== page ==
By: Jessica Wikle

As a researcher at the University of Vermont, I devote a large portion of my time to understanding what contributes to a healthy forest ecosystem. Specifically, I look at how we define resilience in forested ecosystems, and what types of traits might be needed for forests to adapt to a changing world. In the forest, contributors to health, function, and adaptability include a diversity of species and structures, intentional complexity and connectivity, and an understanding of how different traits support a functioning ecosystem. Without all of these in place, a forest will still stand, but will be less able or likely to persist into the future or recover from a large disturbance.

Although I am currently a student, I have spent considerable time working as a forest practitioner and 2022 marks 15 years that I have been a member of the forestry sector. The field is male-dominated and has not seen significant shifts throughout my 15-year time in the field, let alone the longer time frame that the profession has existed in the United States. Forestry continues to face large challenges, such as climate change, extreme wildfire, and shifting public perceptions of the goods and services that forests can provide to best suit ecological and societal needs. It will need all of the tools at its disposal to grapple with these challenges. In other words, forestry will need to be its own healthy system, where individuals are able to thrive and work together to excel.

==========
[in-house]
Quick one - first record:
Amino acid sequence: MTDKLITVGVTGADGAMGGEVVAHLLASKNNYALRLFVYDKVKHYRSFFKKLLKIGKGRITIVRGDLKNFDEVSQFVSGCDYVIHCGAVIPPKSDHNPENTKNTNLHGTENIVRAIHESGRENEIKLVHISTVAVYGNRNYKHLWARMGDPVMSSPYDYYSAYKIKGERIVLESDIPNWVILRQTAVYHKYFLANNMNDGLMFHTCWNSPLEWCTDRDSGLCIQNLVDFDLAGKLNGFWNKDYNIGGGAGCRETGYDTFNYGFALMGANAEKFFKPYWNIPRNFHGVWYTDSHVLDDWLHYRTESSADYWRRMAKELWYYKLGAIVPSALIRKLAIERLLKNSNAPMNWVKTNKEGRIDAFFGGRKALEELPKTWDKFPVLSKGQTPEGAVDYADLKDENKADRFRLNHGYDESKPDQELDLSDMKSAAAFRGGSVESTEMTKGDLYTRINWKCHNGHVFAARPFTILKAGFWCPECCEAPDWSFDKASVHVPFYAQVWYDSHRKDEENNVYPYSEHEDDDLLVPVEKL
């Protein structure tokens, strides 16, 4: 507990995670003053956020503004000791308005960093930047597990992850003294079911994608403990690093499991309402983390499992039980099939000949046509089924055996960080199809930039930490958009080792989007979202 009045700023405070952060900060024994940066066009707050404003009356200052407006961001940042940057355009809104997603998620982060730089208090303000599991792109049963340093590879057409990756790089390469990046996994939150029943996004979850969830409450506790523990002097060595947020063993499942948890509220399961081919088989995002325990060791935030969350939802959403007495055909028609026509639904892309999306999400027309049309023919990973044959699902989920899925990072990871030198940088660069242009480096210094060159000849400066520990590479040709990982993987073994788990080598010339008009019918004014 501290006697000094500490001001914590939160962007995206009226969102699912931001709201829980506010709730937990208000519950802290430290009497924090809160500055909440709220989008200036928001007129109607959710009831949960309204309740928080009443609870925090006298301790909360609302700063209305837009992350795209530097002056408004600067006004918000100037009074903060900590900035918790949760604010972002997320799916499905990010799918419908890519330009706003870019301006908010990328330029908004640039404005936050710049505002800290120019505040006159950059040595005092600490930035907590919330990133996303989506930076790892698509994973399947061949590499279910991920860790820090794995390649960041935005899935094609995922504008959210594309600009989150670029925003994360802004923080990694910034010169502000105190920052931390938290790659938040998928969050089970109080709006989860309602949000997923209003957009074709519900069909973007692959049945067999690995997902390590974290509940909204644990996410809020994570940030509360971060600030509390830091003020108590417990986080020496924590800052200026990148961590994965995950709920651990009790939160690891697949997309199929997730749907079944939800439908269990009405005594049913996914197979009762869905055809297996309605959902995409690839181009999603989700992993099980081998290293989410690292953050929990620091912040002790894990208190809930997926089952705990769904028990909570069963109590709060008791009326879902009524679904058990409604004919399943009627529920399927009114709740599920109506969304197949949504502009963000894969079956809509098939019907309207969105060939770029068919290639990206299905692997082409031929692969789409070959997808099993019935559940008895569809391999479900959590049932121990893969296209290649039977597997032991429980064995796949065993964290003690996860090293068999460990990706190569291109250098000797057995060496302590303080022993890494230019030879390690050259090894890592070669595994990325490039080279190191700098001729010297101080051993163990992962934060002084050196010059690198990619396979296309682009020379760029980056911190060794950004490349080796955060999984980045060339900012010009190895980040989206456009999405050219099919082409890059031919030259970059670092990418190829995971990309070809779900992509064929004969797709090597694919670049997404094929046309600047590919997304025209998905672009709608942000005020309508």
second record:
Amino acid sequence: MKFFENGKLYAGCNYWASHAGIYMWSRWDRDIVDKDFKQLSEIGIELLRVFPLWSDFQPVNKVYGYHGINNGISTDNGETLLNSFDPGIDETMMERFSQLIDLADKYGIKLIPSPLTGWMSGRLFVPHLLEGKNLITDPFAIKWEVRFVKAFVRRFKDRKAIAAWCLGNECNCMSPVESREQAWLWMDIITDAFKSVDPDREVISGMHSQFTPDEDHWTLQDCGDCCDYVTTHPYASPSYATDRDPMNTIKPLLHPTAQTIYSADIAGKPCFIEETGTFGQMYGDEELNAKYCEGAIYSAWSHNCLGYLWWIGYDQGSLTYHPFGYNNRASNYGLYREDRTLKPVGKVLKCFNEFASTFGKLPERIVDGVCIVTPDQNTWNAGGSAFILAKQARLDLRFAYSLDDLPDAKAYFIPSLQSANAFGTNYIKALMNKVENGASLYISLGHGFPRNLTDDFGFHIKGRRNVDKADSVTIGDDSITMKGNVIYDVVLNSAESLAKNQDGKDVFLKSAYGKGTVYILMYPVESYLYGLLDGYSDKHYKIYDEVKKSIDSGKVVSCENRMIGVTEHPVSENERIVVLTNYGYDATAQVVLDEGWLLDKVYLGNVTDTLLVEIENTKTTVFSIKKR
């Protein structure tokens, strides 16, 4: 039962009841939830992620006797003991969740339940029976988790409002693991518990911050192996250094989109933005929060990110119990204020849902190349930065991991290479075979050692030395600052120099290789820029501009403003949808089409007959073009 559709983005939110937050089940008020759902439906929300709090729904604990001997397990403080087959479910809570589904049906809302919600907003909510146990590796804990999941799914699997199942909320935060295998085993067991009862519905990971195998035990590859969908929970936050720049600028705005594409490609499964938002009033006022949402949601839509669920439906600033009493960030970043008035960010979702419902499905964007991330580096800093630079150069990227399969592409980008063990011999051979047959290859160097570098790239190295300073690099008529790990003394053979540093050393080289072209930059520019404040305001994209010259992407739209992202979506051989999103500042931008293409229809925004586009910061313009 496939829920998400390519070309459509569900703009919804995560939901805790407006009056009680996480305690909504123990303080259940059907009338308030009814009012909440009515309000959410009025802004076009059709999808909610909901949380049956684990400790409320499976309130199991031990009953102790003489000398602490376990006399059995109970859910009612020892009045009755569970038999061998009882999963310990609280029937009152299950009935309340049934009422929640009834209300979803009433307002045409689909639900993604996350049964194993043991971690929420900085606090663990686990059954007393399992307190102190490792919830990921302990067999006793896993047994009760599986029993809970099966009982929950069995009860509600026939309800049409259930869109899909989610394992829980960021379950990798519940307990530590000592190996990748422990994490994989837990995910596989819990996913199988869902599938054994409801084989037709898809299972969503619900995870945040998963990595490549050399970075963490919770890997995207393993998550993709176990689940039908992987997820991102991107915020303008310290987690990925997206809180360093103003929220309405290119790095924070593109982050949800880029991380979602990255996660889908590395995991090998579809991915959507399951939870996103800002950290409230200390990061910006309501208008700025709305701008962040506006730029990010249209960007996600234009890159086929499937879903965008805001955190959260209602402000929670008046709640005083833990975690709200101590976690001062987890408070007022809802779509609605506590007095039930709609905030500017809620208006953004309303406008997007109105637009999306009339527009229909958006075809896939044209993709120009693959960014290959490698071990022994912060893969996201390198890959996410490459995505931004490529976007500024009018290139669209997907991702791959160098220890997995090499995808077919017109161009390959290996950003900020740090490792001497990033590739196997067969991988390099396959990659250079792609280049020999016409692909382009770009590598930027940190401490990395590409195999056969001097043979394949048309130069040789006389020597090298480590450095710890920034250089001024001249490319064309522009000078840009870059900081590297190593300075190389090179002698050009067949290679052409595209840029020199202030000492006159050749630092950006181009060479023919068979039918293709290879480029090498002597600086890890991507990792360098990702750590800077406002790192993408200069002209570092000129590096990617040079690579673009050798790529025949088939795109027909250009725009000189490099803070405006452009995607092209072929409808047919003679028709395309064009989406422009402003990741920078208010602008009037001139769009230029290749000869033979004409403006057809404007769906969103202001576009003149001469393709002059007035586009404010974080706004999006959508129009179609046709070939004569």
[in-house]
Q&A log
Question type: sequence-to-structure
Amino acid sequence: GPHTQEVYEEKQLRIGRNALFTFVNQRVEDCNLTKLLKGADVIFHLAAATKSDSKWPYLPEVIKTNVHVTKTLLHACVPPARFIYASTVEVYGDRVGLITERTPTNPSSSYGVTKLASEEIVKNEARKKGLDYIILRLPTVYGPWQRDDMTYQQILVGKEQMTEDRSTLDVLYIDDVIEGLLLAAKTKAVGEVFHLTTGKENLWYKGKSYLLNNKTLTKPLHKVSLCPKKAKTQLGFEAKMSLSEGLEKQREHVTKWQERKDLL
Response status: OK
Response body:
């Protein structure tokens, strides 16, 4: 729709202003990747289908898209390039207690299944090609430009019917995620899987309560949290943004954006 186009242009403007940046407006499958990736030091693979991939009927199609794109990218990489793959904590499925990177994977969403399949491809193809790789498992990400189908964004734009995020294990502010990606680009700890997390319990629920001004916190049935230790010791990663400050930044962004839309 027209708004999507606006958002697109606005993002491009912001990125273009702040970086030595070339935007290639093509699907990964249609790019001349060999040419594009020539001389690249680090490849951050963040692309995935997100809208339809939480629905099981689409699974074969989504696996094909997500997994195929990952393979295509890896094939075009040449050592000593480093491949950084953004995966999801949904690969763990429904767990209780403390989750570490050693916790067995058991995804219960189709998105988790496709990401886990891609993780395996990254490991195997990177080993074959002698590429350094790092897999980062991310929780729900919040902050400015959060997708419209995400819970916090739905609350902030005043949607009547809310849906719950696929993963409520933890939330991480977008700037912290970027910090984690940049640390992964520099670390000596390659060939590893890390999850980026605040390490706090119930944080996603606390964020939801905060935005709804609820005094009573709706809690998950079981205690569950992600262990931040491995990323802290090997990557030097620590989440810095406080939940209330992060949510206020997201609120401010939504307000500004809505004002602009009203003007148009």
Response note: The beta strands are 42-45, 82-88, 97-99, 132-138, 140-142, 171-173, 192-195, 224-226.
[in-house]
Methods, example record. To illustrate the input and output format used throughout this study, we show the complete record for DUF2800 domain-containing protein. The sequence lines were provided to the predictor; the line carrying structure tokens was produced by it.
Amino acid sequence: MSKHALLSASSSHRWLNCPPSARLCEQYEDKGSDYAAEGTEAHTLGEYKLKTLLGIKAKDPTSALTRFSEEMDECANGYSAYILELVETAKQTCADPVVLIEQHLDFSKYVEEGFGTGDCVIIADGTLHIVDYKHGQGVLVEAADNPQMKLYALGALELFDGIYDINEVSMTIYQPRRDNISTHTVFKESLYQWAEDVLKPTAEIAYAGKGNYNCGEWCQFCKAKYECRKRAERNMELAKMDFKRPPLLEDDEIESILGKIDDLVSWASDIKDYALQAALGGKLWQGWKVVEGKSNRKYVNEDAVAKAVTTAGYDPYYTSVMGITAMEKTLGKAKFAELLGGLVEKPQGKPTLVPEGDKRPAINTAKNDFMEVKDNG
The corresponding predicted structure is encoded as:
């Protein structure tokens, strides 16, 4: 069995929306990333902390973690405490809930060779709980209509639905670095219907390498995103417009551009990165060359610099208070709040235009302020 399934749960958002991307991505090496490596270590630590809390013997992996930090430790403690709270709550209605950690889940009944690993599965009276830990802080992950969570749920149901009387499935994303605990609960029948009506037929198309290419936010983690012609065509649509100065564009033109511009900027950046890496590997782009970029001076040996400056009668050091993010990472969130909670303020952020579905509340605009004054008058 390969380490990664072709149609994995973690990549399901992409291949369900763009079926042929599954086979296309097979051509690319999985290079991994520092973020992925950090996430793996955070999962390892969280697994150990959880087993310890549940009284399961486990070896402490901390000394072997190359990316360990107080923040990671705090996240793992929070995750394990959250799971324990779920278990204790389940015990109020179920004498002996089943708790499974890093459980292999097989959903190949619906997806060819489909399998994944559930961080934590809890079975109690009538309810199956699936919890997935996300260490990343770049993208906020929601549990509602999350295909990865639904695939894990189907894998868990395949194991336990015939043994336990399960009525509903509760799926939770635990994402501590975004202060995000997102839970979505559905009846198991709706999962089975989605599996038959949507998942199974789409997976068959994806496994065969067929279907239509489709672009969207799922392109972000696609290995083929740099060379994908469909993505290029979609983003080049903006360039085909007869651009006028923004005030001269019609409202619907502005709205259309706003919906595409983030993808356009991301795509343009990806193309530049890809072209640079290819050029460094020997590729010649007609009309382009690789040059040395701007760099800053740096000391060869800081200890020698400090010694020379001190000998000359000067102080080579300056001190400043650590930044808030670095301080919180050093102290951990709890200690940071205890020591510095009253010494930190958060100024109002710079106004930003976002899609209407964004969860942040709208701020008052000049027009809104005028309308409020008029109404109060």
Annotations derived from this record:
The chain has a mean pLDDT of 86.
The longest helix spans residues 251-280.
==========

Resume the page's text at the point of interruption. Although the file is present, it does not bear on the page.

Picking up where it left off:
Just like forest ecosystems, human systems function well when they are designed to be resilient. Productive teams come from diverse backgrounds, connect to complex networks, and bring a variety of histories and traits to the table. These human systems rely on trust built by shared experiences and a respect for how each member’s background might contribute to approaching a problem. The forestry space will not be able to move forward in addressing its largest challenges without building resiliency and diversifying the voices that are working toward understanding and responding to these challenges. If our research shows that forests need this resilience to survive, surely, we can translate that understanding of needs for resilience to the human networks that support our forests.

In the Women’s Forest Congress, I see opportunity to build this resilience. I have been lucky enough to engage with this strong community of people who are ready, willing, and able to move the forest sector forward, to address big environmental challenges, and to change the idea of how community interfaces with environment. The events hosted by the WFC over the past year or so have begun to build this network, providing points of connection and avenues to bring more voices to the table. I’m excited to see this organization forward and would encourage others to engage in this powerful process.